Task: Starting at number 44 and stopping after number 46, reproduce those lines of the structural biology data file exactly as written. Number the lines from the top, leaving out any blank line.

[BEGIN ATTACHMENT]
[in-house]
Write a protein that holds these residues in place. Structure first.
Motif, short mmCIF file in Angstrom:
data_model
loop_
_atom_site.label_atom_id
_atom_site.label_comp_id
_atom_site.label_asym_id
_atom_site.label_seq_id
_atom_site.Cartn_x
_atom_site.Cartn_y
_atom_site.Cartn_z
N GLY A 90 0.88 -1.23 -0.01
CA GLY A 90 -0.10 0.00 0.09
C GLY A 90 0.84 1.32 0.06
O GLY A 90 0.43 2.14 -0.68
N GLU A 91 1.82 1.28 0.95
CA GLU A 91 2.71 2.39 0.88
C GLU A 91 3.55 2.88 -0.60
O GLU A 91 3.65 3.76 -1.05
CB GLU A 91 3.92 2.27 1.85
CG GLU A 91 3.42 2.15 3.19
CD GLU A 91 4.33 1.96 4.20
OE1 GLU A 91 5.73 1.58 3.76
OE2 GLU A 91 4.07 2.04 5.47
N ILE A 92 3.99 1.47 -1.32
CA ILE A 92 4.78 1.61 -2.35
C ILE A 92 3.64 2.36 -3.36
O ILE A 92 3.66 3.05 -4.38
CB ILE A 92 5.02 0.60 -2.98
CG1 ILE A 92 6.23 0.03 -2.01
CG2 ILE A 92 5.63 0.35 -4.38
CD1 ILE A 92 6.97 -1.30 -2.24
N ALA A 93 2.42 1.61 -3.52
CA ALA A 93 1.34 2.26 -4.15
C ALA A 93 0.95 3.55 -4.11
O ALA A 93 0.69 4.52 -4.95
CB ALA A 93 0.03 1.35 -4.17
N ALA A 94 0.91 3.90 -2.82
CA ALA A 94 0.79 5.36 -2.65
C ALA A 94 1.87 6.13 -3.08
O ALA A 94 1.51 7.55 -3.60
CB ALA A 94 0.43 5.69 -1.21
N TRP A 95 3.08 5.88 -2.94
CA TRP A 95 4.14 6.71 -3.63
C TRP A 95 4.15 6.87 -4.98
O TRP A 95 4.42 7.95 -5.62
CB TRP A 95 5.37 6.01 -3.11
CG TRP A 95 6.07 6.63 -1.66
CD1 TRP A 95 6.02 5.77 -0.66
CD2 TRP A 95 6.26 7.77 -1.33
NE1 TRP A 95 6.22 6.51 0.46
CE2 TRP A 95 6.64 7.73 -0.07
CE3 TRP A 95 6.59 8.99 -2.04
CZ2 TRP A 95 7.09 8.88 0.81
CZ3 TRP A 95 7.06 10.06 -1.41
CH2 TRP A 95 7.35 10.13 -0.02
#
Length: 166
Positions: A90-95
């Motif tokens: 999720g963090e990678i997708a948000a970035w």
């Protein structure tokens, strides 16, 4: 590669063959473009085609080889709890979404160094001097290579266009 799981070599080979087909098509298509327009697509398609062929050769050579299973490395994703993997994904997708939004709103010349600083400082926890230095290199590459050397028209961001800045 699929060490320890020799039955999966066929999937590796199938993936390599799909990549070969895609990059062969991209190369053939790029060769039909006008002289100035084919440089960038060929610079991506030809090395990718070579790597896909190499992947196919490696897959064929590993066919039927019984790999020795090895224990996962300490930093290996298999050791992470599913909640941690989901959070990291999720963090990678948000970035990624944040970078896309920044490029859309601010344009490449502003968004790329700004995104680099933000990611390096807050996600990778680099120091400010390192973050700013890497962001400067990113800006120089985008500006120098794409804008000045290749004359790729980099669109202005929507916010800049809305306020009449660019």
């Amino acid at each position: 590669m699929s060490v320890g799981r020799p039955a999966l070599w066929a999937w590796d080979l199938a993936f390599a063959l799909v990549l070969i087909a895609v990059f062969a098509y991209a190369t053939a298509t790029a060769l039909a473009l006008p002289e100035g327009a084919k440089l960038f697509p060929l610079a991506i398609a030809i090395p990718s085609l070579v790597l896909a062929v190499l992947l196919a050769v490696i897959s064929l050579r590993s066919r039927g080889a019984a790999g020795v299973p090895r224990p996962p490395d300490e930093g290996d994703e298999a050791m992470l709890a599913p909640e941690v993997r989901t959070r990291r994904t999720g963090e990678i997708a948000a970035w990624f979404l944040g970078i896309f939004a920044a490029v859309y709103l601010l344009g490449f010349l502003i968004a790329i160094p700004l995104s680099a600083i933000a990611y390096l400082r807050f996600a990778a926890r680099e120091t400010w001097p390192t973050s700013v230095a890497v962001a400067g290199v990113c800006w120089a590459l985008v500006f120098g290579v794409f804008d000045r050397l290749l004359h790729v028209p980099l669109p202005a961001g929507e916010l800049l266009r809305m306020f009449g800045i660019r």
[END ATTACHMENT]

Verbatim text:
N TRP A 95 3.08 5.88 -2.94
CA TRP A 95 4.14 6.71 -3.63
C TRP A 95 4.15 6.87 -4.98